CFO: Disrupting, taking control, and turning data into value
Chief financial officers (CFOs) at banks and insurance companies are playing a growing role in digital transformation by leveraging new data and analytic technologies and by assuming greater influence in decisions about technology investments, according to new research from Accenture.
The research — based on a global cross-industry survey of CFOs and qualitative interviews with more than 700 finance executives — is published in two reports, one for the banking industry and one for the insurance industry.
A key finding from both reports: Three-quarters of the financial services CFOs surveyed believe that driving business-wide operational transformation is within their purview (77 percent in banking and 74 percent in insurance) and more than three-quarters see identifying and targeting areas of new value across the business as one of their main responsibilities (82 percent in banking and 81 percent in insurance).
“Banking and insurance CFOs are at the center of the organization, working alongside the CEO, acting as the economic guardian to ensure that the digital transformation strategy is effective across the entire enterprise,” said Steve Culp, a senior managing director at Accenture and global head of the company’s Finance & Risk practice. “By leveraging predictive analytics and artificial intelligence to better interpret data for key business decisions, CFOs can drive value, improve efficiency and enable strategy beyond the borders of the finance function.”
Both reports highlight the following key findings:
CFOs are playing a crucial role in digital investments
Three-quarters of the financial services CFOs surveyed are leading efforts to improve efficiency through the adoption of digital technologies and exploring how disruptive new technologies could benefit their organization, indicating that CFOs are emerging as drivers of the enterprise-wide digital agenda.
Finance is taking a lead role in data and analytics
According to the research, CFOs’ biggest potential strength is the ability to harness data to increase the efficiency and effectiveness of not just the finance function, but the entire organization. CFOs are striving to become more proactive and forward looking in their reporting, using new technologies along with data from inside and outside their organization to prepare for future changes more easily and accurately.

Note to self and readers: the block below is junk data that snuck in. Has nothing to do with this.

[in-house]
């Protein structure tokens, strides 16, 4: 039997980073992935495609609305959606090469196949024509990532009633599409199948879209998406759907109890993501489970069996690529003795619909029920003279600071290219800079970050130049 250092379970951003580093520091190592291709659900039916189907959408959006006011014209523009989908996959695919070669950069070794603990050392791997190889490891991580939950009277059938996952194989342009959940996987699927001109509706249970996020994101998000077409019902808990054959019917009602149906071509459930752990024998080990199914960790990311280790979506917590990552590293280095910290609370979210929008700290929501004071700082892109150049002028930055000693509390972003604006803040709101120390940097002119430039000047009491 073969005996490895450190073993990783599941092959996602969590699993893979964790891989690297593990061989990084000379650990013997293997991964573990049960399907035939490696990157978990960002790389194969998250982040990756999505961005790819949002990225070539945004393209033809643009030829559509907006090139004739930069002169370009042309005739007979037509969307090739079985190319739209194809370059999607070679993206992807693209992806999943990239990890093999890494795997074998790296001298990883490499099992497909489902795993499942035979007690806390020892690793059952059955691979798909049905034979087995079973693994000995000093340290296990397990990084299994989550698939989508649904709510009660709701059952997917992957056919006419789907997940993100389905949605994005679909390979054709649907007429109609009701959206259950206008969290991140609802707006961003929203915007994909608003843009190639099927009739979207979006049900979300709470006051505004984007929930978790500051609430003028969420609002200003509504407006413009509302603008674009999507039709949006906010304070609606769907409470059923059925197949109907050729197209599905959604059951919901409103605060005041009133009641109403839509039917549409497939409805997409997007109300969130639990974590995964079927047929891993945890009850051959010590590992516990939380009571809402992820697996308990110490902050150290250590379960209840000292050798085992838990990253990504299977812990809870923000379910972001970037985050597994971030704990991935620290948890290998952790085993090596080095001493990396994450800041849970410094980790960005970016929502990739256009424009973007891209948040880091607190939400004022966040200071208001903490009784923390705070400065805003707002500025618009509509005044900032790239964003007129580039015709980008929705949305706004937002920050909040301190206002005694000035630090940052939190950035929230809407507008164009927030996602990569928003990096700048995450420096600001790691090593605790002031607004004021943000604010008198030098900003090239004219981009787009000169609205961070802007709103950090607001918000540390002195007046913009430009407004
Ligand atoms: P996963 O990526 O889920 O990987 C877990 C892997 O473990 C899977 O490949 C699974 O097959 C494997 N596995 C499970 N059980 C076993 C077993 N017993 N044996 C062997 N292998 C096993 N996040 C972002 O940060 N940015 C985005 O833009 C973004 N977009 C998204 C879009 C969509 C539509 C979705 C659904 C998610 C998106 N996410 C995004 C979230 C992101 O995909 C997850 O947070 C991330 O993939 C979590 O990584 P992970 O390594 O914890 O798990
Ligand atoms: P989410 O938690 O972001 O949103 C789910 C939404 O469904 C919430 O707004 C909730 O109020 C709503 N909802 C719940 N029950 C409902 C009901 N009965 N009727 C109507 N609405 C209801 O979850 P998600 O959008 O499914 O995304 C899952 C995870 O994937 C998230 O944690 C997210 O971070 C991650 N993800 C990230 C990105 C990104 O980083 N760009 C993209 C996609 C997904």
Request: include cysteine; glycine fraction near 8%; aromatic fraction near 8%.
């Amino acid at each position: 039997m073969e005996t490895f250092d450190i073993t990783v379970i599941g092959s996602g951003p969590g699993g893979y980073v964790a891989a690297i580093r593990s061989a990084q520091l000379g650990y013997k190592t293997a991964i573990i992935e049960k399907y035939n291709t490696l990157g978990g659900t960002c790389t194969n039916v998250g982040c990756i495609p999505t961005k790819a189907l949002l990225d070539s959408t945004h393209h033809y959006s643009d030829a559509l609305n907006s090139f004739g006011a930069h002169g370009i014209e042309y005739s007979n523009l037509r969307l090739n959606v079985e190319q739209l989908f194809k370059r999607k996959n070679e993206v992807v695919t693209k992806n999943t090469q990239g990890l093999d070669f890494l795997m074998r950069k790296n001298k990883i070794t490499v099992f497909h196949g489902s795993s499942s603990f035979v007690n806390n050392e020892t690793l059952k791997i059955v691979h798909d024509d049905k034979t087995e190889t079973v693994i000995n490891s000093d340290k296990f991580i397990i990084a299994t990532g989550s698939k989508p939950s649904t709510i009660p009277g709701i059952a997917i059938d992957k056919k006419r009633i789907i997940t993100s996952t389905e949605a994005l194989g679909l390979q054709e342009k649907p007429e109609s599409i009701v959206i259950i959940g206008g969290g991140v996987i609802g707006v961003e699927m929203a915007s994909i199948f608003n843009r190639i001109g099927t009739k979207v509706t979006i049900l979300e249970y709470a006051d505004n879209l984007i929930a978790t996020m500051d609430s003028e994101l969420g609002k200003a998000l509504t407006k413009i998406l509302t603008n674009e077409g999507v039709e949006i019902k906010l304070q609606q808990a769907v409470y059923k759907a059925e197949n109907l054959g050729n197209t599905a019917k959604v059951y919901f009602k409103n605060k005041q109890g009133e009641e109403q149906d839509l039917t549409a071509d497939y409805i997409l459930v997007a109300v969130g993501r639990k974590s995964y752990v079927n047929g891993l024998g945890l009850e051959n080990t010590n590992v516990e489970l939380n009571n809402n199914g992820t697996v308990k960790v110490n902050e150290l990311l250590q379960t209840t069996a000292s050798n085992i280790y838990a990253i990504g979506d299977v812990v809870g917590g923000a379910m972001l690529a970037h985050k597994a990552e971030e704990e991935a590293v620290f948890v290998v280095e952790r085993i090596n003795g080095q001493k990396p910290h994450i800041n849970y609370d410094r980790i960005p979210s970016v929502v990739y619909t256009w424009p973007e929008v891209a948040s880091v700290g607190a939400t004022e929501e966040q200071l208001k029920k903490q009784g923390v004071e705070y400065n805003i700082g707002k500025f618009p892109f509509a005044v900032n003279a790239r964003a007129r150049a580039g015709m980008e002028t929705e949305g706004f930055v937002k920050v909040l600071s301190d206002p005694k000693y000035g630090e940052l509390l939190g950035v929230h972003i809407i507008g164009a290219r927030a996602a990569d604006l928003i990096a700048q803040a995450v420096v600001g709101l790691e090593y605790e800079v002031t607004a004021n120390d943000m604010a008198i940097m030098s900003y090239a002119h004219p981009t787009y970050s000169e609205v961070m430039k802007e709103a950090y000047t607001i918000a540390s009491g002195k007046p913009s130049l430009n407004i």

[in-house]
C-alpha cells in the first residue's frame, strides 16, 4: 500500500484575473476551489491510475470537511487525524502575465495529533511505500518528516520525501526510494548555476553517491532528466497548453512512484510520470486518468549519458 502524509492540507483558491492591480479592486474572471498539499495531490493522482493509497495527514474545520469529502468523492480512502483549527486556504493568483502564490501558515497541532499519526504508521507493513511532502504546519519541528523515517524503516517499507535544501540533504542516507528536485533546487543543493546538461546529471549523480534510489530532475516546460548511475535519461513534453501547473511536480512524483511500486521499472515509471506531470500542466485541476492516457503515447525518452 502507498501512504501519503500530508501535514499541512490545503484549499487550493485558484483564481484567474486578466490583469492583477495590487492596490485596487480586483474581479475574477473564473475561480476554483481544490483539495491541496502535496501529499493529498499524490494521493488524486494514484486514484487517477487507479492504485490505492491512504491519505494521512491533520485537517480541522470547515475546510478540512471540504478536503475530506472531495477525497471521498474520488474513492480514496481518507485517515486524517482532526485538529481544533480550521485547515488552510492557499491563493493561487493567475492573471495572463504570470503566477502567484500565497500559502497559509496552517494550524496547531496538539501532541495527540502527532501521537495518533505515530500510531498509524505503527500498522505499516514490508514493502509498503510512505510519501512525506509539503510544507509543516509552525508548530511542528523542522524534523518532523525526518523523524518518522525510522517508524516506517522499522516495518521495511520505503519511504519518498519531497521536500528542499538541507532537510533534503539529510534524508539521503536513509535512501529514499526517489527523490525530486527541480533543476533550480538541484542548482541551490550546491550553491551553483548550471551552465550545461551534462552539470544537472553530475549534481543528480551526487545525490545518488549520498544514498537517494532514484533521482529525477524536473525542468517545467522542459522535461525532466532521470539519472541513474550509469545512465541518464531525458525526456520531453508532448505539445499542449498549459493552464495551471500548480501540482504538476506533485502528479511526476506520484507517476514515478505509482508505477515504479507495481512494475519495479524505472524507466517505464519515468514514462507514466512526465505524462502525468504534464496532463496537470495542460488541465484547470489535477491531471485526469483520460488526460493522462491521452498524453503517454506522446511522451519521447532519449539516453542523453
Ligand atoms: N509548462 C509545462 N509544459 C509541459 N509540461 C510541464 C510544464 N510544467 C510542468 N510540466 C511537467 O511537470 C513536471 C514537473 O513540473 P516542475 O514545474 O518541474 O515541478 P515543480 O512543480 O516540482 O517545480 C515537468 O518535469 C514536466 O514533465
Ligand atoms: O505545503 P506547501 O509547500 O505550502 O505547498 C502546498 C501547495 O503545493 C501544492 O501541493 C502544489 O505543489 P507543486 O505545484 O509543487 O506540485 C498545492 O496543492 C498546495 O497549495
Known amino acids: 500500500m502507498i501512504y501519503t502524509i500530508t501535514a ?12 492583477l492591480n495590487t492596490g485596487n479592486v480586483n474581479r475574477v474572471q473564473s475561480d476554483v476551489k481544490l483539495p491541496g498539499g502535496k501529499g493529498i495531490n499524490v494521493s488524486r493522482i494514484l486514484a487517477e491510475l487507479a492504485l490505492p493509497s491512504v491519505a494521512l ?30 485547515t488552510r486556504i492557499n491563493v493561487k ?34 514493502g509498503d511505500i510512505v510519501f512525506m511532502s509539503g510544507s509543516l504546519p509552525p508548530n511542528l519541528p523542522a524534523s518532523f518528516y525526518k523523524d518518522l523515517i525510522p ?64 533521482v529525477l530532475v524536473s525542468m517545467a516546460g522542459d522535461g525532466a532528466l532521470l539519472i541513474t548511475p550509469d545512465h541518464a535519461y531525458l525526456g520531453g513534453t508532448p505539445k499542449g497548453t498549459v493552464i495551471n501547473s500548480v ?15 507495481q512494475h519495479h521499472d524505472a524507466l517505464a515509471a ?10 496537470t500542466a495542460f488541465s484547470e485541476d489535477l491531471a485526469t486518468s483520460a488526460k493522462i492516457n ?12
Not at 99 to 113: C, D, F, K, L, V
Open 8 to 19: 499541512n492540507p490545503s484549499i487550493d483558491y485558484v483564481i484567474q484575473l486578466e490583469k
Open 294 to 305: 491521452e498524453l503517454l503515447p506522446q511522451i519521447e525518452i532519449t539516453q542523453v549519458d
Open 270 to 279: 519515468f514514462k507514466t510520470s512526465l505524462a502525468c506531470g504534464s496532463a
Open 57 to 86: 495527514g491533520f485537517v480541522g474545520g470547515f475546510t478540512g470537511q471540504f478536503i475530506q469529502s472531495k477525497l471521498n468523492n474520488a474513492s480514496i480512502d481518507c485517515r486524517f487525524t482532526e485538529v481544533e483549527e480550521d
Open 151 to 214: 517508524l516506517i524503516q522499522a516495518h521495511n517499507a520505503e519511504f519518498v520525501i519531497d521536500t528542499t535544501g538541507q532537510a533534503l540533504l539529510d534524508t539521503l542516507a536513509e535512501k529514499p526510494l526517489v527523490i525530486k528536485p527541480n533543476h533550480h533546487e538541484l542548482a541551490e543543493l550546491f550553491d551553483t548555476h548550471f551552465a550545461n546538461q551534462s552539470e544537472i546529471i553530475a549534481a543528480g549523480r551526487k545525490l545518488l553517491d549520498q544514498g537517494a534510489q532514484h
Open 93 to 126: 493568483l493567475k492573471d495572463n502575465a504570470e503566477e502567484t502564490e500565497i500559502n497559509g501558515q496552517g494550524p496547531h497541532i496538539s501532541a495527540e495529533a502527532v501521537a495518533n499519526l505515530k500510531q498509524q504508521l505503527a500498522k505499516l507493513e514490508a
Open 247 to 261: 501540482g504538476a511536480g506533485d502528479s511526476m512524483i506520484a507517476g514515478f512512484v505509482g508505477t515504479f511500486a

Banking finance executives are more likely than those in other industries to provide proactive analysis of future business scenarios throughout the organization (cited by 40 percent of banking CFOs, compared with 34 percent across the other industries, on average). Insurance CFOs are significantly more likely than those in other sectors to say that finance should take a leading role in identifying and managing control of the most critical data (cited by 57 percent of insurance CFOs, compared with 38 percent across the other industries, on average).
Challenges finding finance talent with data and analytics skills
The need for sophisticated data analysis among banking and insurance finance professionals is creating a new challenge: recruiting and retraining talent to execute on the analytics enabled by additional data and advanced tools.
Banking CFOs said that the ability to analyze data is a core requirement of their role, and they consider data science one of the most important skills that junior finance executives can have (cited by 41 percent). Meanwhile, insurance CFOs believe that their companies are more likely than those in other sectors to have financial talent shortages that prevent them from achieving their business-wide strategic ambitions.
“Financial services CFOs are increasingly performing a difficult balancing act between managing risk and unlocking value,” Culp said. “The use of data and the broader adoption of digital technologies offer an extraordinary opportunity, but only if the finance team — and the broader organization — have the talent, skills and resources to capitalize on them.”